WMFE is Central Florida's primary provider of NPR programming on 90.7 FM and Classical Music on 90.7 HD2. Part of the community since 1965, WMFE focuses on providing quality national and local news and programming. We inspire and empower all Central Floridians to discover, grow and engage within and beyond their world.
CLOSEOpt Out: I already like WMFE!

Like us on Facebook!

Support for 90.7 WMFE is provided by

Florida Researchers Track Hurricane Joaquin Aftereffects With Phone App


Play Audio
Hurricane Joaquin is expected to bring heavy rain and flooding along the Atlantic coast. Photo: The Weather Channel.

Hurricane Joaquin is expected to bring heavy rain and flooding along the Atlantic coast. Photo: The Weather Channel.

 As the Atlantic Coast feels the effects of Hurricane Joaquin, Florida researchers are preparing to use a free mobile app to track tidal flooding. The new technology uses crowd sourcing to gather data on the aftereffects of major weather events on the state’s sea level.

Stetson University environmental science professor Jason Evans is coordinating the local use of the app, called Sea Level Rise, which uses GPS technology to locate tidal flooding nearby.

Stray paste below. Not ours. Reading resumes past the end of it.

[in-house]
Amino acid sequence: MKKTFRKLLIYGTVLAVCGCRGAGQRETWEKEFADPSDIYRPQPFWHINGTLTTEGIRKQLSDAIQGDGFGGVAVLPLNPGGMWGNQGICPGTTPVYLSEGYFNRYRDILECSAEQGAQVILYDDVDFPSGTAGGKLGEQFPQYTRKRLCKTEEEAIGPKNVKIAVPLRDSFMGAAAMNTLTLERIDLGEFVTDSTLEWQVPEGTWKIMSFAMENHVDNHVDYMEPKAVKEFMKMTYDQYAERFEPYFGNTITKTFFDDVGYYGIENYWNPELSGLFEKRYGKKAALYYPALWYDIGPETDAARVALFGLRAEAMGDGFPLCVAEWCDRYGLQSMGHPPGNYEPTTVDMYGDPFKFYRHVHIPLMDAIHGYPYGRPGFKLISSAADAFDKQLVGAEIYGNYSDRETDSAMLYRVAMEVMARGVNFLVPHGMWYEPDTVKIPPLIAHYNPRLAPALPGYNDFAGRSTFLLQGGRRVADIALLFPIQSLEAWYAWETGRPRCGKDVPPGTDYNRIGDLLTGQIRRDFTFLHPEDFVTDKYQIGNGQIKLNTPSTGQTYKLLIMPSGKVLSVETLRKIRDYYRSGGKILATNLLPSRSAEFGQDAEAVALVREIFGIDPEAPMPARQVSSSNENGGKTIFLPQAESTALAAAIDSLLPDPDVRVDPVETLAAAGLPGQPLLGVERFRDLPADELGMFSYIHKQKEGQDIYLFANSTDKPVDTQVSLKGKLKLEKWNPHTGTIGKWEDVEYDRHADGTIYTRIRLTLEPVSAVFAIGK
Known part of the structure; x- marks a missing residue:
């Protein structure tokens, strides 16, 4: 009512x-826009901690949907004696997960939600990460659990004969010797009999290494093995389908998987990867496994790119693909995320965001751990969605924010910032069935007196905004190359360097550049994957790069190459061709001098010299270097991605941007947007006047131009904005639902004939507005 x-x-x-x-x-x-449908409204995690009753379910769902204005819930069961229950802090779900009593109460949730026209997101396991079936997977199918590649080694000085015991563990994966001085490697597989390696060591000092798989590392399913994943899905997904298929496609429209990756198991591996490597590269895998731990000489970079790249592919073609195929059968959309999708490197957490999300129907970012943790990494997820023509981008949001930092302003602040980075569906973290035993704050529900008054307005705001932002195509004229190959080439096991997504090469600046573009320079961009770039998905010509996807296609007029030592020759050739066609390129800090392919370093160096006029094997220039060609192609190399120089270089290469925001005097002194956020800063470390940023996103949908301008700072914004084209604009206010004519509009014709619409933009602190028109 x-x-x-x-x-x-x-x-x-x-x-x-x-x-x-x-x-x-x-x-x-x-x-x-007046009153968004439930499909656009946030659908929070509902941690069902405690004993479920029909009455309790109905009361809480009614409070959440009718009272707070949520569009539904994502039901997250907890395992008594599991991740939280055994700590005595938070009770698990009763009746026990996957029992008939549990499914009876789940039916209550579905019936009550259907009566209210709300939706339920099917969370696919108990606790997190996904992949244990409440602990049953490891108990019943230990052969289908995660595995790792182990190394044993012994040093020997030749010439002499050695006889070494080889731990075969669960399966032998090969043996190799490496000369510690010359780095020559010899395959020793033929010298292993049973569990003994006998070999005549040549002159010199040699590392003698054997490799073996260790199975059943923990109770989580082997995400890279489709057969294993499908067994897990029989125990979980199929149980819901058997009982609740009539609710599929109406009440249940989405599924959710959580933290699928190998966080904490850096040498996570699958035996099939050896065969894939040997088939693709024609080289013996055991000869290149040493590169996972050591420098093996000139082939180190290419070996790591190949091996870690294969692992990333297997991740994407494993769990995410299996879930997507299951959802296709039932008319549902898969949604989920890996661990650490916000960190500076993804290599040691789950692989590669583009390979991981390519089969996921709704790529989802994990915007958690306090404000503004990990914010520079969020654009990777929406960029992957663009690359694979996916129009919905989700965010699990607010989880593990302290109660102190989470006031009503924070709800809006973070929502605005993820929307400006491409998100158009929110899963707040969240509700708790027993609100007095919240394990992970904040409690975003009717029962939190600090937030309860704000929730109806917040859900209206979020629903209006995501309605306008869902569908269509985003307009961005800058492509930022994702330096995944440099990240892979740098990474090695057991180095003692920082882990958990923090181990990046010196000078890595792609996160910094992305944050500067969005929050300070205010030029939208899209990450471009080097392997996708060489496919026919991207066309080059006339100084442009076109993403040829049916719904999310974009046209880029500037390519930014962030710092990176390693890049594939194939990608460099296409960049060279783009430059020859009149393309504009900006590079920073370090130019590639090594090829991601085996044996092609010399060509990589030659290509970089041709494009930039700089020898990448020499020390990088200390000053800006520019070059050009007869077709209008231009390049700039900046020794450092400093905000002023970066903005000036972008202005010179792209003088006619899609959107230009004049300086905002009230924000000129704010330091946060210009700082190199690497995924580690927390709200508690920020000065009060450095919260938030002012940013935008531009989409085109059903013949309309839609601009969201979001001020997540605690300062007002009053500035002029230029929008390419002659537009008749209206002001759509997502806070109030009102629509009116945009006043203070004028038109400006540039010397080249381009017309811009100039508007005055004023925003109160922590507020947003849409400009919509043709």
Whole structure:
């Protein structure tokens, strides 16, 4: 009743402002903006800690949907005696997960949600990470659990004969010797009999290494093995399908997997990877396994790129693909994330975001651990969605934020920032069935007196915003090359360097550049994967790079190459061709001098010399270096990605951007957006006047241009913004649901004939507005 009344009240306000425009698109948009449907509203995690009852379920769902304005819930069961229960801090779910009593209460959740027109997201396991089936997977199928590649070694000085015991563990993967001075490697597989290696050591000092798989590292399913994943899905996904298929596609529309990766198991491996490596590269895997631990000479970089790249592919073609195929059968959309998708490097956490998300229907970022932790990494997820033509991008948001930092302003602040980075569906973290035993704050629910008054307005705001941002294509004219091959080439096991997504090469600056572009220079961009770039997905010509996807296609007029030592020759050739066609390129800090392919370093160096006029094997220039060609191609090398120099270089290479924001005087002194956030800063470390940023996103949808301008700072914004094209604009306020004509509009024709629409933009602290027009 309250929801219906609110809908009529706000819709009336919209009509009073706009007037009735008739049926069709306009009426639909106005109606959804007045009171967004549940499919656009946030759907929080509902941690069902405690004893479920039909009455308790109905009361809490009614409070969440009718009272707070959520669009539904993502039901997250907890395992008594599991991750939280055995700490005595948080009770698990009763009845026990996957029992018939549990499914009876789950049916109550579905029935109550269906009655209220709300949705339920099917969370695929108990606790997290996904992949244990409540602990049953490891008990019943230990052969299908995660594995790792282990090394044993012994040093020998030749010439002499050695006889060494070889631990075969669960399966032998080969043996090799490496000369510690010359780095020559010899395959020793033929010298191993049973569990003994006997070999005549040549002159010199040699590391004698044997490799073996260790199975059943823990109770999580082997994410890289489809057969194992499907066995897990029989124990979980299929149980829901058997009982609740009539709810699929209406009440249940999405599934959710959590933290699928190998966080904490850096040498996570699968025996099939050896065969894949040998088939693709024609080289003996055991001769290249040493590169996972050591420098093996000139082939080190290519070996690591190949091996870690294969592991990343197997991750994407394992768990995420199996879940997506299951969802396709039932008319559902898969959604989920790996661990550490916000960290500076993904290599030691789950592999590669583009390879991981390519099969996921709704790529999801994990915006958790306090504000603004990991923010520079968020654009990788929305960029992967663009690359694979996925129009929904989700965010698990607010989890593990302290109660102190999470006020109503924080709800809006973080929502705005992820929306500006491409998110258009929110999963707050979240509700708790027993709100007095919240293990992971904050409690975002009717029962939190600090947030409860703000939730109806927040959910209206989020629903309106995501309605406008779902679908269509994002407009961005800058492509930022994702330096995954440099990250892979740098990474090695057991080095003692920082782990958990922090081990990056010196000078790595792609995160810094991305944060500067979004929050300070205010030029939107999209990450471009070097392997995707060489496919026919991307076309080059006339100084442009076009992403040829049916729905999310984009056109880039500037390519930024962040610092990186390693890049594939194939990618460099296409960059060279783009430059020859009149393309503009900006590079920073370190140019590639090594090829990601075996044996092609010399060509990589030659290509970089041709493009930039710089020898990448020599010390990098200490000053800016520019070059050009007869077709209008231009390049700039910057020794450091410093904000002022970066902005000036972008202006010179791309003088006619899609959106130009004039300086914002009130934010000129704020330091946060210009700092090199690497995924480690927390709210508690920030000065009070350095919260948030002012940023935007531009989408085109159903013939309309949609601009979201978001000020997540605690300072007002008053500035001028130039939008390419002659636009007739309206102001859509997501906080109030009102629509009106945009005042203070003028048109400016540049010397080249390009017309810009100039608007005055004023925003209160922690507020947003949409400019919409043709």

“Basically, it’s just going to drop pins from the GPS,” he says. “You can also take a picture with your phone. It’s going to be marked as well within the app and then you just upload all of that into a centralized space that basic people like me can go in. I can access that data.”

Wetlands Watch, an organization based in Virginia, developed the app as part of growing concerns about sea level rise there. This is the first time data is being collected in other states with similar concerns.

“There was just this decision to try to mobilize people regionally to go out and actually really try to document what’s going to happen with the hurricane. The ready kind of availability of this technology is really helping to move this fast and forward,” says Evans.

For him and his research team, the app will let people know about the state’s sea level, which he predicts could rise up to five feet within the next 100 years.


WMFE Journalistic Ethics Code | Public Media Code of Integrity

About Renata Sago

Renata Sago

TOP